Photo by Moaz Bhangu for GenderIT

It is as simple as it is complicated: safeguarding digital rights and freedom of expression for women and gender minorities are more sabotaged than ever before in today’s Pakistan.

There is a long and sordid history of employing censorship of cultural products during military regimes or times of political instability in order to protect the ‘Pakistan ideology’ which, to the vast majority, is fundamentally rooted in the majoritarian interpretation of religion. To other state institutions, this ideology is the loose and vague definitions of national security and protection of sovereignty – definitions which should ideally be flexible to mould and use as circumstances require, is paramount to the idea of being Pakistani. Films, music and art along with political speech have been subjected to this ideology-based censorship. For example, the recent Barbie movie was called off the cinemas in the country because the government deemed it against the Islamic principles. In addition, in 2020 the Punjab government released a list of as many as 100 textbooks that were banned in the province for containing anti-Islam or anti-Pakistan content. Art exhibitions and artworks have also been routinely shut down and removed for allegedly challenging the status-quo or for hurting religious sentiments. Along with this, stifling of dissenting voices such as political opponents, activists, journalists and minority groups who challenge dominant and mainstream majoritarian narratives, has been rampant in Pakistan practically from the get go.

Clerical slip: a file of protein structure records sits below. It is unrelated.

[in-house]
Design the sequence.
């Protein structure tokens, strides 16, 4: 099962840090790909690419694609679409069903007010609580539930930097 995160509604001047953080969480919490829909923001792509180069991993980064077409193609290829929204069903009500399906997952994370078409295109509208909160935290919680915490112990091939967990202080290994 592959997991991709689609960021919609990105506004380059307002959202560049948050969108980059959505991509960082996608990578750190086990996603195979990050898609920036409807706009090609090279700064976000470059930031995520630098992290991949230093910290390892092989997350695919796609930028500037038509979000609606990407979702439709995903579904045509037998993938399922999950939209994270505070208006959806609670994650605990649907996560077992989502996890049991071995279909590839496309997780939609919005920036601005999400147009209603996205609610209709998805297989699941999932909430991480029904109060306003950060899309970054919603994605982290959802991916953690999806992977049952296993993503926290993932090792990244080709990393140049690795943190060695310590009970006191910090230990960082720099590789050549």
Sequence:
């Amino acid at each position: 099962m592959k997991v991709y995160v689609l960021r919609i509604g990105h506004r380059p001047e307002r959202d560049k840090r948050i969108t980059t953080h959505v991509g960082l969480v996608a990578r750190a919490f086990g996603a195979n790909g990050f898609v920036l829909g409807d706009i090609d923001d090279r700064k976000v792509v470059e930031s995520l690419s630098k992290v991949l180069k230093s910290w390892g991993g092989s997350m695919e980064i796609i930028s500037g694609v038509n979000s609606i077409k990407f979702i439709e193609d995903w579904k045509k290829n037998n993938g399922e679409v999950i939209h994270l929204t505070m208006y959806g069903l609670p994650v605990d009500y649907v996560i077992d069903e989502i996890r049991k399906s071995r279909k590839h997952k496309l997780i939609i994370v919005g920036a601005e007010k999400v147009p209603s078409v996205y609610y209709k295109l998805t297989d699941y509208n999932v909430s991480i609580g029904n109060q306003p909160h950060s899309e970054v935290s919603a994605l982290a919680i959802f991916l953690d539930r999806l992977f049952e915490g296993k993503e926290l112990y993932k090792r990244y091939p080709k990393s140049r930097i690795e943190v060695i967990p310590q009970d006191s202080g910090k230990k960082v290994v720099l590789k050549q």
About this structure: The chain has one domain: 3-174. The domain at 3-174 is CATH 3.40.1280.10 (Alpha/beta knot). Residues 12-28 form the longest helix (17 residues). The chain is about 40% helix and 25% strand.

In today’s digital world, where access and control of information is the true capital, social media platforms have empowered Pakistani citizens, especially women, to have a voice, and to express political dissent. But the phenomenon of having a voice is rather new to the average Pakistani. In lieu of citizens exercising their constitutional right to freedom of expression, state actors are tightening the noose around civil liberties unlike ever before. It would therefore be remiss to not consider that certain recently-introduced media-related legislation in the country amidst political polarisation, fiscal exploitation and civil-military tensions could not only further endanger Pakistan’s chances at social cohesion and stability, but also affect development of advocacy and activism – especially for women, gender minorities and oppressed groups such as transgenders, who exist on the very margins of the country’s social structure and routinely face the brunt of these tensions more severely than others.